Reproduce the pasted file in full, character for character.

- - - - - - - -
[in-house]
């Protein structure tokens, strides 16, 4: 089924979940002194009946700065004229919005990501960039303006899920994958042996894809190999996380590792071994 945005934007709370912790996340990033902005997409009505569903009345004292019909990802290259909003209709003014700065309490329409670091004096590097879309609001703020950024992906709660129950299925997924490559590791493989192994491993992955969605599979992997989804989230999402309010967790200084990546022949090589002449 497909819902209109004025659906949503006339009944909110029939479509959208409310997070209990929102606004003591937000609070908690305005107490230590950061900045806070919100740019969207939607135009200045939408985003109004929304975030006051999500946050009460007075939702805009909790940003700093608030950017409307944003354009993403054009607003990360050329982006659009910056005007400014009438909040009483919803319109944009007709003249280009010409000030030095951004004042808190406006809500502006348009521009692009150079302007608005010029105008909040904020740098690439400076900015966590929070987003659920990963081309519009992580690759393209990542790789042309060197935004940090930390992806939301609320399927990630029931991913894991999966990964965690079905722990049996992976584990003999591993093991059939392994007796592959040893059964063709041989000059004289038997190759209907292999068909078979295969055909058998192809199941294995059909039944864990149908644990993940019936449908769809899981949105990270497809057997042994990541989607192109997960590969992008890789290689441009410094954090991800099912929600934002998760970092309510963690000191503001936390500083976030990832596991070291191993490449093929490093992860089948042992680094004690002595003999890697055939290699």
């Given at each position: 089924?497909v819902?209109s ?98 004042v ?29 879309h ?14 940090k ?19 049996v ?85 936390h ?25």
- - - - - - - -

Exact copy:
[in-house]
């Protein structure tokens, strides 16, 4: 089924979940002194009946700065004229919005990501960039303006899920994958042996894809190999996380590792071994 945005934007709370912790996340990033902005997409009505569903009345004292019909990802290259909003209709003014700065309490329409670091004096590097879309609001703020950024992906709660129950299925997924490559590791493989192994491993992955969605599979992997989804989230999402309010967790200084990546022949090589002449 497909819902209109004025659906949503006339009944909110029939479509959208409310997070209990929102606004003591937000609070908690305005107490230590950061900045806070919100740019969207939607135009200045939408985003109004929304975030006051999500946050009460007075939702805009909790940003700093608030950017409307944003354009993403054009607003990360050329982006659009910056005007400014009438909040009483919803319109944009007709003249280009010409000030030095951004004042808190406006809500502006348009521009692009150079302007608005010029105008909040904020740098690439400076900015966590929070987003659920990963081309519009992580690759393209990542790789042309060197935004940090930390992806939301609320399927990630029931991913894991999966990964965690079905722990049996992976584990003999591993093991059939392994007796592959040893059964063709041989000059004289038997190759209907292999068909078979295969055909058998192809199941294995059909039944864990149908644990993940019936449908769809899981949105990270497809057997042994990541989607192109997960590969992008890789290689441009410094954090991800099912929600934002998760970092309510963690000191503001936390500083976030990832596991070291191993490449093929490093992860089948042992680094004690002595003999890697055939290699």
């Given at each position: 089924?497909v819902?209109s ?98 004042v ?29 879309h ?14 940090k ?19 049996v ?85 936390h ?25």